The new Oskar Blues buzz lives in downtown Denver

Oskar Blues debuts their new grill and brew location with an adjoining music venue, the Black Buzzard, on Friday, January 12, in downtown Denver. The placement in LoDo is approachable, right smack dab in the middle betwixt the dichotomous franchise row and clubby venues with a live/work building flying up directly across the street.

“The point has always been to be an everyday restaurant,” says Jason Rogers, restaurant director and partner of Oskar Blues Fooderies. “You can come in for birthdays, a weeknight, meetings or a date, so we’re falling right into that realm. But we’re also focused on doing elevated food.”

Image courtesy of Bobbie Turner Photography.

Matt Waterman, executive chef, comes up from Gulf Shores, Alabama, and is formerly responsible for shucking oysters at Jax Fish House in Denver in the early 2000’s. His background steers the direction of the menu and jives with Rogers’ style and love for Louisiana.

“To score Matt was pretty important in defining our identity and rounding out our two culinary sides,” says Rogers. “We dug in deep with the Creole, Cajun and Southern cuisine.”

Image courtesy of Bobbie Turner Photography.

The food dives into butchery, seafood and more traditional pub fare that Rogers says is about, “connecting the dots and creating a mash of creativity.”

“If you go all over the world you don’t see wings, smoked brisket, jambalaya, cheeseburgers, fresh cut fries, done well,” says Rogers. “That’s America. Red, white and blue. That’s us and that’s our Dale’s can.”

Pictured left to right: Jason Rogers and Matt Waterman. Image courtesy of Bobbie Turner Photography.

Dale Katechis, owner of Oskar Blues, is an alumni of Auburn University which further explains the company’s close affiliation with the cuisine and the decor. Fun signs adorn the walls and Mardi Gras beads are strewn about through every corner and crevice giving a nod to their community projects.

In Longmont, children and adults with mental disabilities are paid to put together festive necklaces known as “CAN bling” by punching a hole in empty cans and fastening on Mardi Gras beads. The garb is commonplace at Great American Beer Festival and other similar events.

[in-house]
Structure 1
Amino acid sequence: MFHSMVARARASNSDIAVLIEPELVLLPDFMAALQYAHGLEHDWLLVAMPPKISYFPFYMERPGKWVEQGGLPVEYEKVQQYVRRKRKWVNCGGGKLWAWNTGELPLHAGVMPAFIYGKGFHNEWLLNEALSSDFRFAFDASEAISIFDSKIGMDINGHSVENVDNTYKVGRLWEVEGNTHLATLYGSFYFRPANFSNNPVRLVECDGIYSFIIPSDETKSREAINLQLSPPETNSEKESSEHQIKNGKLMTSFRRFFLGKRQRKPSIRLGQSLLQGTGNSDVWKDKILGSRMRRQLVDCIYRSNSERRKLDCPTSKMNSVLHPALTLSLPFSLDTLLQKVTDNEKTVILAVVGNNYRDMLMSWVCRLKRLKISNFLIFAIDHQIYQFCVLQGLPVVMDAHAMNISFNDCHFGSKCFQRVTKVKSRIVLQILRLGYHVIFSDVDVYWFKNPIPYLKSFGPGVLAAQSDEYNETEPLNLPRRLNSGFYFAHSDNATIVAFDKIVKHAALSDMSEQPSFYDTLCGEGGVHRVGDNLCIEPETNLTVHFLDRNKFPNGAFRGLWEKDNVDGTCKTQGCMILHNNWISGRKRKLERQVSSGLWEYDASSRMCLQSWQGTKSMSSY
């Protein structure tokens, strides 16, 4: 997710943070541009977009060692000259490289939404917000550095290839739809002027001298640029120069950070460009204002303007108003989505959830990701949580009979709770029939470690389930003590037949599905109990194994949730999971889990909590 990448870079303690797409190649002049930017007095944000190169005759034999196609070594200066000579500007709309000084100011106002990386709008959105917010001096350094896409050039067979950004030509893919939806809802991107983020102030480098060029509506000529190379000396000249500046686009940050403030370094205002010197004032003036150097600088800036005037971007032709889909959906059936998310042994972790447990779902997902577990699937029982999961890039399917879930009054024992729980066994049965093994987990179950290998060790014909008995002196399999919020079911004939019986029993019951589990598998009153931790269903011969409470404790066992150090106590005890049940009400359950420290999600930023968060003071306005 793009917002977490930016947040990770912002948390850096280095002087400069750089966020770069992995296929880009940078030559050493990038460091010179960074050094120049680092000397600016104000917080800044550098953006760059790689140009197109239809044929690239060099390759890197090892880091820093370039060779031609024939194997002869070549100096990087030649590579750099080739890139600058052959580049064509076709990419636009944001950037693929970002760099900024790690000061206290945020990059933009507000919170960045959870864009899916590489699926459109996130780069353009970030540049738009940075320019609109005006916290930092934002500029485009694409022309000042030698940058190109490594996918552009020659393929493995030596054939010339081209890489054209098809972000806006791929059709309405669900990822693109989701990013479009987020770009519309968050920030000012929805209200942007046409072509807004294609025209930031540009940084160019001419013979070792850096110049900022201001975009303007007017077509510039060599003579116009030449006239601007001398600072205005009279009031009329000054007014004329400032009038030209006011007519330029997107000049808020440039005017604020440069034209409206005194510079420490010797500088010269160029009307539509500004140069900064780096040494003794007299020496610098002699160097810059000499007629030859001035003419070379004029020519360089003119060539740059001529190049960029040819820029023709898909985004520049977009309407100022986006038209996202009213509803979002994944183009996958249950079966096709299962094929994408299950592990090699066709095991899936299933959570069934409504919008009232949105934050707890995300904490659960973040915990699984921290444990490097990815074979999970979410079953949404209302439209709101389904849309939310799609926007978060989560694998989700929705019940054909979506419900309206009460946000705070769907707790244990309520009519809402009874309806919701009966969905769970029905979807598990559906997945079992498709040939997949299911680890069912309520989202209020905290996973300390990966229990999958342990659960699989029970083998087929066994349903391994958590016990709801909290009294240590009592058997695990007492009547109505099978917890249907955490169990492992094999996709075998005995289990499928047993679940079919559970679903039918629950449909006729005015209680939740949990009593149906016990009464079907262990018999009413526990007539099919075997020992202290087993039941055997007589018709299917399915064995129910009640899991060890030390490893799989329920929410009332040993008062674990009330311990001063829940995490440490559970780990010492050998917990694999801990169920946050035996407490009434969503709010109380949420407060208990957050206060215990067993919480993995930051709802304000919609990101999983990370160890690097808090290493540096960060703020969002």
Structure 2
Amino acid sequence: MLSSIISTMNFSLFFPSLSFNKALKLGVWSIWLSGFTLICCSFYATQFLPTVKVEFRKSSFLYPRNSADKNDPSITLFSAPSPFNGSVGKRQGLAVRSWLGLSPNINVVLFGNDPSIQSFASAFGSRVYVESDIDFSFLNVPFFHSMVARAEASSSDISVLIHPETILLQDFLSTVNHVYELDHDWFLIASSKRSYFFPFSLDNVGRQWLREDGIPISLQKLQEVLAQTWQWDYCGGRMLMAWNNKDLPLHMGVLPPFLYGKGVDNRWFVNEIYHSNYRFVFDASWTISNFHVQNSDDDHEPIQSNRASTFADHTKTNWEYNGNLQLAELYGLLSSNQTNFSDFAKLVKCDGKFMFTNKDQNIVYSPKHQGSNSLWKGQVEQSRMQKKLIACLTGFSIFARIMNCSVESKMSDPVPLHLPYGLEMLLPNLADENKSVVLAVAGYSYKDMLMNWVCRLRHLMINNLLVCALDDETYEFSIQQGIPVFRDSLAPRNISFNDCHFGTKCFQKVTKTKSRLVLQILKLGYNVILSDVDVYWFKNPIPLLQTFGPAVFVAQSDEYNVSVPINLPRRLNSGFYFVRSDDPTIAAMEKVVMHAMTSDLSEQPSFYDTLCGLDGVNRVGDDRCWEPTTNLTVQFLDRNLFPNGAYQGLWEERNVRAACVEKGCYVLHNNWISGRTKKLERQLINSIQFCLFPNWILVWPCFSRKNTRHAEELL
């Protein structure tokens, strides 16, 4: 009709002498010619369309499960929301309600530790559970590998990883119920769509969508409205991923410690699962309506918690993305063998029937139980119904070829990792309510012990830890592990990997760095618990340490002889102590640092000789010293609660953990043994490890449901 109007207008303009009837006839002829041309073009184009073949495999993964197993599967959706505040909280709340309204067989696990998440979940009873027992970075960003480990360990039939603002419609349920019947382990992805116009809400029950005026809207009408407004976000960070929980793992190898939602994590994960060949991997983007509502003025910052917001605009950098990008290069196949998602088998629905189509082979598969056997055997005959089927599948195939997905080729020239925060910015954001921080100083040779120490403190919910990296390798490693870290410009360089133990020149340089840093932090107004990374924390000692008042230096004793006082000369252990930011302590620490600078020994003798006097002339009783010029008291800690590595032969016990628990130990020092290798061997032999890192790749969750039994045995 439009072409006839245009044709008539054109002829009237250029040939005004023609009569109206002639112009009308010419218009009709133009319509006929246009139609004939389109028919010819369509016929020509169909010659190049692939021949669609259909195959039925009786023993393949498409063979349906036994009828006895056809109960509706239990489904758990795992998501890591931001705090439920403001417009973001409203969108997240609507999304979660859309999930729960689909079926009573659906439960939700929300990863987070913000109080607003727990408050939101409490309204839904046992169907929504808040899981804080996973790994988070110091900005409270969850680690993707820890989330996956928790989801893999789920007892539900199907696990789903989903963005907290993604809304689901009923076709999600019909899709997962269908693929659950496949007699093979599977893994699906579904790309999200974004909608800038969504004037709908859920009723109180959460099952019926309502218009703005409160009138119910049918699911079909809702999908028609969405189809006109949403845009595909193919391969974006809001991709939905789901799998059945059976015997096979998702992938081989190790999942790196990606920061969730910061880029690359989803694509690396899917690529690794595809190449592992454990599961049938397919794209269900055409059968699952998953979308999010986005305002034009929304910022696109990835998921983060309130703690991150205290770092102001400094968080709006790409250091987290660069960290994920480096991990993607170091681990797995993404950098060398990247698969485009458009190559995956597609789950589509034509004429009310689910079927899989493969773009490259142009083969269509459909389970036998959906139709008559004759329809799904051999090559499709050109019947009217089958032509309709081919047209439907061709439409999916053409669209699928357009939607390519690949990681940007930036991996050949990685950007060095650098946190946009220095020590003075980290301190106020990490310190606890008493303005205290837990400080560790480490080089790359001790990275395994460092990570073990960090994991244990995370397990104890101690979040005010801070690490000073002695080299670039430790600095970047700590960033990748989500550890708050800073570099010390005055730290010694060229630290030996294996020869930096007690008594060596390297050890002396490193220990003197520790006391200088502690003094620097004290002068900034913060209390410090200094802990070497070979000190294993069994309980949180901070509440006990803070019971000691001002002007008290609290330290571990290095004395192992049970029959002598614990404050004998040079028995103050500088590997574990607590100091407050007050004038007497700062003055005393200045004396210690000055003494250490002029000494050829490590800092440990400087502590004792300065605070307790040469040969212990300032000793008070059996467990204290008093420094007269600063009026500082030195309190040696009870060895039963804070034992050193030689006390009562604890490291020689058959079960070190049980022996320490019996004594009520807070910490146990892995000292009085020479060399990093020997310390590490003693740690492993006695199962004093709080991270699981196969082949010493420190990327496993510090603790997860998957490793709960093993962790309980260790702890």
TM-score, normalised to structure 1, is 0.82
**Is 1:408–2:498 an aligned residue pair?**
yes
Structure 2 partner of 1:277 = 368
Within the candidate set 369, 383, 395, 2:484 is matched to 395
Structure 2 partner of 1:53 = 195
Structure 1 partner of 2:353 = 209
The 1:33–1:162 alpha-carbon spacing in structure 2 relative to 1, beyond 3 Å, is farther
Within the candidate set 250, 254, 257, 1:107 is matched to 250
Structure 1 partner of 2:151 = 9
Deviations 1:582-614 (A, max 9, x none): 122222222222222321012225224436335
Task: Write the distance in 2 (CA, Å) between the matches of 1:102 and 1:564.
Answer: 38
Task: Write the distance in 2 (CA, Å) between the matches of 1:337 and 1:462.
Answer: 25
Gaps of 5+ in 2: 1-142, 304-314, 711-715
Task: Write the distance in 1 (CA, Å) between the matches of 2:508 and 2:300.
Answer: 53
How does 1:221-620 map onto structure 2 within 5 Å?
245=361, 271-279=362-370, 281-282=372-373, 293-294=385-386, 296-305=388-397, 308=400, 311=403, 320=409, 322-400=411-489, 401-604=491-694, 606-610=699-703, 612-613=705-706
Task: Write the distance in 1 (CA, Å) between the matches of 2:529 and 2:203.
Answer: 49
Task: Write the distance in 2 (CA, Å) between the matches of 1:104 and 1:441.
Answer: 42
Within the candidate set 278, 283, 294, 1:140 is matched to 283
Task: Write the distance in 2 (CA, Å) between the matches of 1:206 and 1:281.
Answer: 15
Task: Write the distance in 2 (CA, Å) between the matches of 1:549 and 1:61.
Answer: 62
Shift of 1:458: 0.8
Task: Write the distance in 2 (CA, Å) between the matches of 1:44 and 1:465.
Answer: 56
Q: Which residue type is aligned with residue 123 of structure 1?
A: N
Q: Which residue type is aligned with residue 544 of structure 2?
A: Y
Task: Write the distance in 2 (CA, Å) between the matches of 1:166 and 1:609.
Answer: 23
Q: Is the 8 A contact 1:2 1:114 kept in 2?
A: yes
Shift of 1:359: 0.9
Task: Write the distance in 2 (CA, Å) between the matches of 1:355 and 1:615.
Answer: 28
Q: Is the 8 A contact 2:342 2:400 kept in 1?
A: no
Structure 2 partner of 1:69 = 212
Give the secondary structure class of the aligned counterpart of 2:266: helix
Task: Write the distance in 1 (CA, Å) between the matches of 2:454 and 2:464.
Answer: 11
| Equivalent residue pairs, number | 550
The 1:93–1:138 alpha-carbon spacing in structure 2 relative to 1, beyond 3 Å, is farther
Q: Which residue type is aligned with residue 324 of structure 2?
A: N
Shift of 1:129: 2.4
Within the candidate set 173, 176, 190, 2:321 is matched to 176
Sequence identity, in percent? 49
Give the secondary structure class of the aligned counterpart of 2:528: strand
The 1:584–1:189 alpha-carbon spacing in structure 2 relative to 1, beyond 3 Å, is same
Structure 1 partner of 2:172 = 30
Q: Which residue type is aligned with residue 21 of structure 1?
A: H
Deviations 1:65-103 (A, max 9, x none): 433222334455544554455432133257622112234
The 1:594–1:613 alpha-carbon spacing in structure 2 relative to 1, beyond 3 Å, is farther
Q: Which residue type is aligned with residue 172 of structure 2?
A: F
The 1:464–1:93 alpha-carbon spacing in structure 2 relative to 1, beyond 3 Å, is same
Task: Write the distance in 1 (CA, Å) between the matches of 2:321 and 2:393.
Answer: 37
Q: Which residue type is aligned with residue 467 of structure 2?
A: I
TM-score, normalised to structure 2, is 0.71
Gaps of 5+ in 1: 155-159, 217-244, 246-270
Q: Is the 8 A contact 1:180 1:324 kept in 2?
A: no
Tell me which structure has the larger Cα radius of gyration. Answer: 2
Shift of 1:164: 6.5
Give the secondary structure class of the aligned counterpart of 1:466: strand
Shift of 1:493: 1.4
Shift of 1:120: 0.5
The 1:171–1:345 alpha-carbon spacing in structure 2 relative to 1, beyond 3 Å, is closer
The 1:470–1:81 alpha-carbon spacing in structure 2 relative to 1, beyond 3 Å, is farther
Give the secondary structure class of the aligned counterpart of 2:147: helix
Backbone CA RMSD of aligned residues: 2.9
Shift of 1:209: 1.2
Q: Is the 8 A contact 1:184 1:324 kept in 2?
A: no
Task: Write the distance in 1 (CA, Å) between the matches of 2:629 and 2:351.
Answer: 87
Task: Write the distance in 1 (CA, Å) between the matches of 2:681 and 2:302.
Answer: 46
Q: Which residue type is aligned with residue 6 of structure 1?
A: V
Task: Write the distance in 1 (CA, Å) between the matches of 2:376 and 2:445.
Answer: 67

“We’re creating a marketable thing and connecting to the community,” says Rogers. “We have thousands of pounds of beads, it’s part of our culture.”

Image courtesy of Bobbie Turner Photography.

The establishment has a hip, gritty vibe driven by the downstairs music venue which was once the well-known blues spot, Brendan’s Pub. Funky art instillations exhibit a ceiling full of gradient, neon lights that glow amongst suspended drum sticks and an extended light fixture made of cymbals embodies the soul of the space. The downstairs bar top is full of guitar picks that Rogers says categorically “had to be Fender” and a faint mural upstairs in the image of Jimi Hendrix gives a stained glass, electric church feel.

Image courtesy of Bobbie Turner Photography.

The Black Buzzard features events and entertainment seven nights a week with local and national touring acts, open mic nights, trivia with Geeks Who Drink, stand-up comedians and a blues jam. Their modern music acts range from banjoes without drum kits to alternative bands and scripted humor to follow on Tuesday and Thursday nights.

Image courtesy of Bobbie Turner Photography.

Each floor houses the lineup of Oskar Blues craft brews with other guest taps to include sought after beers from Epic Brewing and Dogfish Head. Their new Moscow mule cans, which are comparable to a strong beer, have a refreshing, minty taste but we would probably throw a touch more booze on top and utilize them at home as a mixer. The drink that excites us more is their signature cocktail: The Black Buzzard, made with Ten Fidy imperial stout and bacon infused Maker’s Mark.

Oskar Blues releases their Deviant Dales IPA at end of January and currently has on a barrel aged Ten Fidy that weighs in at 12.9 percent ABV. Right now you can also try their seasonal Velvet Elvis, a sessionable smooth drinking stout.

Image courtesy of Bobbie Turner Photography.

Beyond the historical sentiment of the building and rock n’ roll undertones Rogers says that the Black Buzzard is special because, “it’s a whole new landscape with new ideas and new flavors inspired by the umami of things.”

“We just look at it like Cajun but that’s not what we are,” says Rogers. “It’s the Americana effect. A damn good burger, damn good nachos, we’re still a beer bar.”

Image courtesy of Bobbie Turner Photography.